Wisconsin farming history exhibit tours the state
MADISON, Wis. (AP) — Five farms across Wisconsin are being featured in a traveling exhibit as part of an effort to showcase the state’s diverse farming culture and history.
“The Lands We Share” exhibit backed by the University of Wisconsin has been touring the state since October, Wisconsin Public Radio reported. The exhibit , comprising oral histories, artifacts and images, will make its last stop in Madison on May 8.
The project features each farm for three weeks at a local venue, ending with a farm-to-table community dinner and discussion.
The five farms were chosen based on their backgrounds and focuses, including a Hmong-owned farm in Fort Atkinson, Vang C&C Farms, and an urban garden in Milwaukee, Metcalfe Park Legacy Garden.
“We’re at a time where people aren’t really talking to each other across regional and cultural, racial and ethnic divides,” said James Levy, the project’s director. “And we found that farming is a really great common ground.”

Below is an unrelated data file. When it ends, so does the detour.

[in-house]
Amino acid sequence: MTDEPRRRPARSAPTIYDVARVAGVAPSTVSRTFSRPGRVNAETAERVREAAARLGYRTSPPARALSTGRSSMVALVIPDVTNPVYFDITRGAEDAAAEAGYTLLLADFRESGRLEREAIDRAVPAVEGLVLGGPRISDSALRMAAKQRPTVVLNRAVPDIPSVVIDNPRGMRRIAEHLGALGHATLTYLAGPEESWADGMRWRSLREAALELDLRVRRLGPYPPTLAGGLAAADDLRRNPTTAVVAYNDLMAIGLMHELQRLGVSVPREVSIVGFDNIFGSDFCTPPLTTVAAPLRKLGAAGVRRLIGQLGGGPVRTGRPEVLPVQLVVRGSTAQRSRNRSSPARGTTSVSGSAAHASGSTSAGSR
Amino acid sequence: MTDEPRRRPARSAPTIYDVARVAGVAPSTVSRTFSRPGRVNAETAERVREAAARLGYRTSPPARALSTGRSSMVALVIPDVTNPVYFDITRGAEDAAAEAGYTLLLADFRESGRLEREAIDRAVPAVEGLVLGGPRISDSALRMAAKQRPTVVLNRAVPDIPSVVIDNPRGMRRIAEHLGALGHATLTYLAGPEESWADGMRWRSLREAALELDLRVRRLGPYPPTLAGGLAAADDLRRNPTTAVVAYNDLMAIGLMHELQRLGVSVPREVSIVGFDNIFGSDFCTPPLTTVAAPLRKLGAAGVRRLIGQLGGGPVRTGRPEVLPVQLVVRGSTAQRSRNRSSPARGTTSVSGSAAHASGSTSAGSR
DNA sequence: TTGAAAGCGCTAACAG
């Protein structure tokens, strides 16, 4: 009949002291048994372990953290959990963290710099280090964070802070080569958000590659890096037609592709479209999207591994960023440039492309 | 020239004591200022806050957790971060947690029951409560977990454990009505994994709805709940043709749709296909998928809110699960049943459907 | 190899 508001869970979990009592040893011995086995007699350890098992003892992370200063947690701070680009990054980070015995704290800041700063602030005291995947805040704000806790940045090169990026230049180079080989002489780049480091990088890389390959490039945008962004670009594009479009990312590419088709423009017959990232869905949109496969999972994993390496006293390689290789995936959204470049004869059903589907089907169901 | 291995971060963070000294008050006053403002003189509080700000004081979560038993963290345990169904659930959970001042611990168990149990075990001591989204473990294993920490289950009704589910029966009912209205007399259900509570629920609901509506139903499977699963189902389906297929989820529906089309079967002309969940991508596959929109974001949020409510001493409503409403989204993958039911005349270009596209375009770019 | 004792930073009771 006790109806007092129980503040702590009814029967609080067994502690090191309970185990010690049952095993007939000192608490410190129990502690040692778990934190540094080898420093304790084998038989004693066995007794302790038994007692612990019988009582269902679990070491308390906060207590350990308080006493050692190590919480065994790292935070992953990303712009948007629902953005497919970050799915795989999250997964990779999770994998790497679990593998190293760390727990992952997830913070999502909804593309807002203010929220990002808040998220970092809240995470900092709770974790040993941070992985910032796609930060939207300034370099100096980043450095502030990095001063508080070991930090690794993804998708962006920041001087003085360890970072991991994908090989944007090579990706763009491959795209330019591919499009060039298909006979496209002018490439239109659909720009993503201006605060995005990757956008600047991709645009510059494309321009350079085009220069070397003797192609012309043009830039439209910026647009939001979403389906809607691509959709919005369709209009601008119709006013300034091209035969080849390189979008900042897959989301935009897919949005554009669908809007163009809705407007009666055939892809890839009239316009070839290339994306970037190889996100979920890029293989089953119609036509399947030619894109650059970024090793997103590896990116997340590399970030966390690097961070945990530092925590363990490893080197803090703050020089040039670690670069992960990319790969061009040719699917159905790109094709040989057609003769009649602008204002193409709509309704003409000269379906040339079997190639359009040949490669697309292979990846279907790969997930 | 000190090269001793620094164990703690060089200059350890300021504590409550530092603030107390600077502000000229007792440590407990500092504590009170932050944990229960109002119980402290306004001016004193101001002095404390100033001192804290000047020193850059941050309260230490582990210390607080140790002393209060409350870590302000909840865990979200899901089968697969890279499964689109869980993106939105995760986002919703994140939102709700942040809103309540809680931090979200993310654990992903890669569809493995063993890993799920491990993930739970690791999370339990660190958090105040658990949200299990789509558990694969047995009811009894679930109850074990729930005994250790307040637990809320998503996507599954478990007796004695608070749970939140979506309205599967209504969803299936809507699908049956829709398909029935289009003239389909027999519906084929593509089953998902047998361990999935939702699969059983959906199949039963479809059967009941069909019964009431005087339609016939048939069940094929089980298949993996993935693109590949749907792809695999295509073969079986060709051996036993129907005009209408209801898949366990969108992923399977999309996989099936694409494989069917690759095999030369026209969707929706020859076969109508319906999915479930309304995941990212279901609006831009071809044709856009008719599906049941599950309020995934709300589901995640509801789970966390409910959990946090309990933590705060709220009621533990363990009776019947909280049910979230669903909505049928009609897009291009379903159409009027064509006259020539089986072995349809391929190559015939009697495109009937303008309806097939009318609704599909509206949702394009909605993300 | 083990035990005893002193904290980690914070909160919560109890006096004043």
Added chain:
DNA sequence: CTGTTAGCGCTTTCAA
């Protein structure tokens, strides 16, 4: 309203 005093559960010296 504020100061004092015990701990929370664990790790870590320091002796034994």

One theme that stuck out to Levy was how many farmers are refugees, or came from families of refugees, he said. Levy also directs the Public History Program at the University of Wisconsin-Whitewater.
Mike Dettmann’s Johnson Creek farm, Dettmann Dairy, was among those featured in the project. The family farm has been in operation since 1902 and has more than 500 dairy cows.
Dettmann said Wisconsin’s history of farming is at risk of disappearing with the dwindling number of family farms in the state.
“Growing up, you used to either be part of a farm or knew somebody that was, and that isn’t as true anymore,” Dettmann said.
The project was supported by four University of Wisconsin universities, grants and donations.
Information from: Wisconsin Public Radio, http://www.wpr.org